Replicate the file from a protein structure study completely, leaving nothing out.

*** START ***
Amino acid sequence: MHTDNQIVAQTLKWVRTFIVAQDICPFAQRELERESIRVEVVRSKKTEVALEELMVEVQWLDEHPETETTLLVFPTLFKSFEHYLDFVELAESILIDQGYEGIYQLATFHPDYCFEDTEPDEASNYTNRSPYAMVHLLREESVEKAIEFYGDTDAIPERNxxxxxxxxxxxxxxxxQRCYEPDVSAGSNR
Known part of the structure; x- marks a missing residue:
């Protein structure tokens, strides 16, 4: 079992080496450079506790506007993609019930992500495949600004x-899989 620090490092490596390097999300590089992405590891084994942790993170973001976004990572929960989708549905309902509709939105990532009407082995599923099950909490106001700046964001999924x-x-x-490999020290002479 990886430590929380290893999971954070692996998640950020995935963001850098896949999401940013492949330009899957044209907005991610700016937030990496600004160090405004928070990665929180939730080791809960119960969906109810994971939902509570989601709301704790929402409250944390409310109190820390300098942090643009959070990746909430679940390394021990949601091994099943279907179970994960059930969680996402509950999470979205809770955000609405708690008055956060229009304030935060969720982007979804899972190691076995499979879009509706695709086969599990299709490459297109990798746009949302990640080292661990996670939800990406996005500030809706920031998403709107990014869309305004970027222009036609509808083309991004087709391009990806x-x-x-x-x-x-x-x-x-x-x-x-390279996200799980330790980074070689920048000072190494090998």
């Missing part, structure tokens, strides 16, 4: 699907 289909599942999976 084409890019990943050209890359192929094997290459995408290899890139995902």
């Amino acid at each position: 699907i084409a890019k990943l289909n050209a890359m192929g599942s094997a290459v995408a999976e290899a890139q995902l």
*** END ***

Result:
Amino acid sequence: MHTDNQIVAQTLKWVRTFIVAQDICPFAQRELERESIRVEVVRSKKTEVALEELMVEVQWLDEHPETETTLLVFPTLFKSFEHYLDFVELAESILIDQGYEGIYQLATFHPDYCFEDTEPDEASNYTNRSPYAMVHLLREESVEKAIEFYGDTDAIPERNxxxxxxxxxxxxxxxxQRCYEPDVSAGSNR
Known part of the structure; x- marks a missing residue:
């Protein structure tokens, strides 16, 4: 079992080496450079506790506007993609019930992500495949600004x-899989 620090490092490596390097999300590089992405590891084994942790993170973001976004990572929960989708549905309902509709939105990532009407082995599923099950909490106001700046964001999924x-x-x-490999020290002479 990886430590929380290893999971954070692996998640950020995935963001850098896949999401940013492949330009899957044209907005991610700016937030990496600004160090405004928070990665929180939730080791809960119960969906109810994971939902509570989601709301704790929402409250944390409310109190820390300098942090643009959070990746909430679940390394021990949601091994099943279907179970994960059930969680996402509950999470979205809770955000609405708690008055956060229009304030935060969720982007979804899972190691076995499979879009509706695709086969599990299709490459297109990798746009949302990640080292661990996670939800990406996005500030809706920031998403709107990014869309305004970027222009036609509808083309991004087709391009990806x-x-x-x-x-x-x-x-x-x-x-x-390279996200799980330790980074070689920048000072190494090998």
């Missing part, structure tokens, strides 16, 4: 699907 289909599942999976 084409890019990943050209890359192929094997290459995408290899890139995902």
């Amino acid at each position: 699907i084409a890019k990943l289909n050209a890359m192929g599942s094997a290459v995408a999976e290899a890139q995902l």